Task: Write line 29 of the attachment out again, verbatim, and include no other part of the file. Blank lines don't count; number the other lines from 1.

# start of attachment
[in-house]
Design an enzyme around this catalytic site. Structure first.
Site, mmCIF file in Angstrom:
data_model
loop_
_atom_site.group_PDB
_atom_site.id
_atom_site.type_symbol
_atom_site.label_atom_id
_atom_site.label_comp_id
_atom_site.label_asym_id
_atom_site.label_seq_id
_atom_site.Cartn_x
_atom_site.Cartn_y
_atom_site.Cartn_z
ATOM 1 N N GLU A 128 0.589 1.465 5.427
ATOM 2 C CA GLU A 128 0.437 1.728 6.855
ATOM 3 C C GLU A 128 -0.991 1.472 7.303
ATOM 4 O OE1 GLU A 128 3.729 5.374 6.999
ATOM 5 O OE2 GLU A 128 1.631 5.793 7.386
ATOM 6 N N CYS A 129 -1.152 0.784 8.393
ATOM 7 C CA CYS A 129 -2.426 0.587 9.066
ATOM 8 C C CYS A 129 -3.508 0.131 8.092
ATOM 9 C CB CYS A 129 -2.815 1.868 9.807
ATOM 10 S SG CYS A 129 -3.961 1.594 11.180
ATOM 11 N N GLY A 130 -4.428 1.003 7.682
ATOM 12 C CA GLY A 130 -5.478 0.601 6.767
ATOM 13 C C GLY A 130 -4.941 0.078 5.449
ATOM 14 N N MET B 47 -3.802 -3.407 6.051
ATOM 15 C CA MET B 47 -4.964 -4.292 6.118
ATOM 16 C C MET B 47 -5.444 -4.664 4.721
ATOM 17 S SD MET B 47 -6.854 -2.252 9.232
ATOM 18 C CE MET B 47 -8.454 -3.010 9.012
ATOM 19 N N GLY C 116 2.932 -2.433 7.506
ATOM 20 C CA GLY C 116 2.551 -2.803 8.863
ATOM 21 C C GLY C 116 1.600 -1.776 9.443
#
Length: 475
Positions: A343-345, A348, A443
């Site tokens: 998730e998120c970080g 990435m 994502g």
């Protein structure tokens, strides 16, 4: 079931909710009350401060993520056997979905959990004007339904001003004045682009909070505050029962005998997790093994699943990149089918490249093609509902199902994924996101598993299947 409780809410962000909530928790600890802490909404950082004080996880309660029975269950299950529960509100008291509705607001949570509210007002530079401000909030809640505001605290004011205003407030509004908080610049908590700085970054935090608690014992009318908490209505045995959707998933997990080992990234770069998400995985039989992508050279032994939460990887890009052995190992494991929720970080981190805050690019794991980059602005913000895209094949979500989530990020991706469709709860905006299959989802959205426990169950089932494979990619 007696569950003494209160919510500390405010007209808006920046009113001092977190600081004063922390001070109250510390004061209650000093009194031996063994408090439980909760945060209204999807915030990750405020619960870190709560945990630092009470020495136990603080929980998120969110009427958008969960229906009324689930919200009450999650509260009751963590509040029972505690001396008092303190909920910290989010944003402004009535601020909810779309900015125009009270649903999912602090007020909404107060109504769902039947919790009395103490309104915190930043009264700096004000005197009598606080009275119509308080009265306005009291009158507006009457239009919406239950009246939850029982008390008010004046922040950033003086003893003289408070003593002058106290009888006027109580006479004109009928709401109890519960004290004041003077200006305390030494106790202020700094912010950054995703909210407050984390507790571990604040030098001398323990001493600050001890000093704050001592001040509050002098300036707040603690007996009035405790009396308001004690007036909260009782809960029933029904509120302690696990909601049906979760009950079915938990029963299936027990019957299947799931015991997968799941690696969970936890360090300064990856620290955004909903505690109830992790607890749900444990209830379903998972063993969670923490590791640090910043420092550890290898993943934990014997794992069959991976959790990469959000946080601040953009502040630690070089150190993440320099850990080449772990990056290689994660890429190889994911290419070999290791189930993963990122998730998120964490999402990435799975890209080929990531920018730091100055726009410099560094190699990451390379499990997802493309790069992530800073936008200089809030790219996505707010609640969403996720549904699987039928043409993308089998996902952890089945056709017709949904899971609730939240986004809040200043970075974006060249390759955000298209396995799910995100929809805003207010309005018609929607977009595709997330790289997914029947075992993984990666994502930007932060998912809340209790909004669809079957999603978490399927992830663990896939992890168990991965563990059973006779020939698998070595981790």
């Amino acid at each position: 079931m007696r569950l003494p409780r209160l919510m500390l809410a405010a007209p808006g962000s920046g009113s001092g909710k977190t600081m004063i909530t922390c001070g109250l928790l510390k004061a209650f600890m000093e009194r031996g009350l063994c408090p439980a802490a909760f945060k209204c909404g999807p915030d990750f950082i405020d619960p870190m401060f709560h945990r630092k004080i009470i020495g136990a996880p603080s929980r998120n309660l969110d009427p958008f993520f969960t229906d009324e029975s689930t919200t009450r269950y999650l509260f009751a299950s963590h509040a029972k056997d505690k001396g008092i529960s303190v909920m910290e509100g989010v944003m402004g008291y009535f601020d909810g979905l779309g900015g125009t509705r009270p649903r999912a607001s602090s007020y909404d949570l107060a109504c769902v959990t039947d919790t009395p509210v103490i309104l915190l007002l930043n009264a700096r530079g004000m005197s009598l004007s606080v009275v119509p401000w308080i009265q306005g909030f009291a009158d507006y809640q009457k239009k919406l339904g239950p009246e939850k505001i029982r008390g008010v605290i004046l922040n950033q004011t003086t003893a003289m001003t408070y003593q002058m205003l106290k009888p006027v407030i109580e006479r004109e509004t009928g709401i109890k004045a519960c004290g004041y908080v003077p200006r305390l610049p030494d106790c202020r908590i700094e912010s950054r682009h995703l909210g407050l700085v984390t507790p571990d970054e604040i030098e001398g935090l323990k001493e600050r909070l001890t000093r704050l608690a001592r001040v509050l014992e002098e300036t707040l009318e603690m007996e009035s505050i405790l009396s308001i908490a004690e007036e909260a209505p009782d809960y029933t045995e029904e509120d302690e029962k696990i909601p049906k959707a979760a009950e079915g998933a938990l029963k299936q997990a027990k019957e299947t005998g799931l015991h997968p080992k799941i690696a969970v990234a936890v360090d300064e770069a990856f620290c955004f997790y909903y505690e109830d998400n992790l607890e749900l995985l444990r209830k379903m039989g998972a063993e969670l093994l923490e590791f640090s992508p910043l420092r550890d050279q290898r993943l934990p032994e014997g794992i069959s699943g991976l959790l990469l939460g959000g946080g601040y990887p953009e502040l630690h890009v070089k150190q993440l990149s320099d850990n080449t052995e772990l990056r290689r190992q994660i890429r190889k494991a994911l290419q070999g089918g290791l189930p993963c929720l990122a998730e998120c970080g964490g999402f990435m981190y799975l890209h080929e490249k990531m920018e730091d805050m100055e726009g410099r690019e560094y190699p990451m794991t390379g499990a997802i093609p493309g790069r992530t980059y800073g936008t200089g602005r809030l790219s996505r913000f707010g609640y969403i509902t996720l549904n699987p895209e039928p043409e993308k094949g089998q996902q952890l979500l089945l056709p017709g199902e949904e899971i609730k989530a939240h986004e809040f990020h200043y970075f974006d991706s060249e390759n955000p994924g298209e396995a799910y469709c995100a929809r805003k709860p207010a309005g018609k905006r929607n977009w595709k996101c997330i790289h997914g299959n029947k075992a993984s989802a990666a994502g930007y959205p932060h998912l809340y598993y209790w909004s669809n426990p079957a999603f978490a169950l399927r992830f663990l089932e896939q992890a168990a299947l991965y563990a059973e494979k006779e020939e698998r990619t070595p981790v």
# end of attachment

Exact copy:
ATOM 14 N N MET B 47 -3.802 -3.407 6.051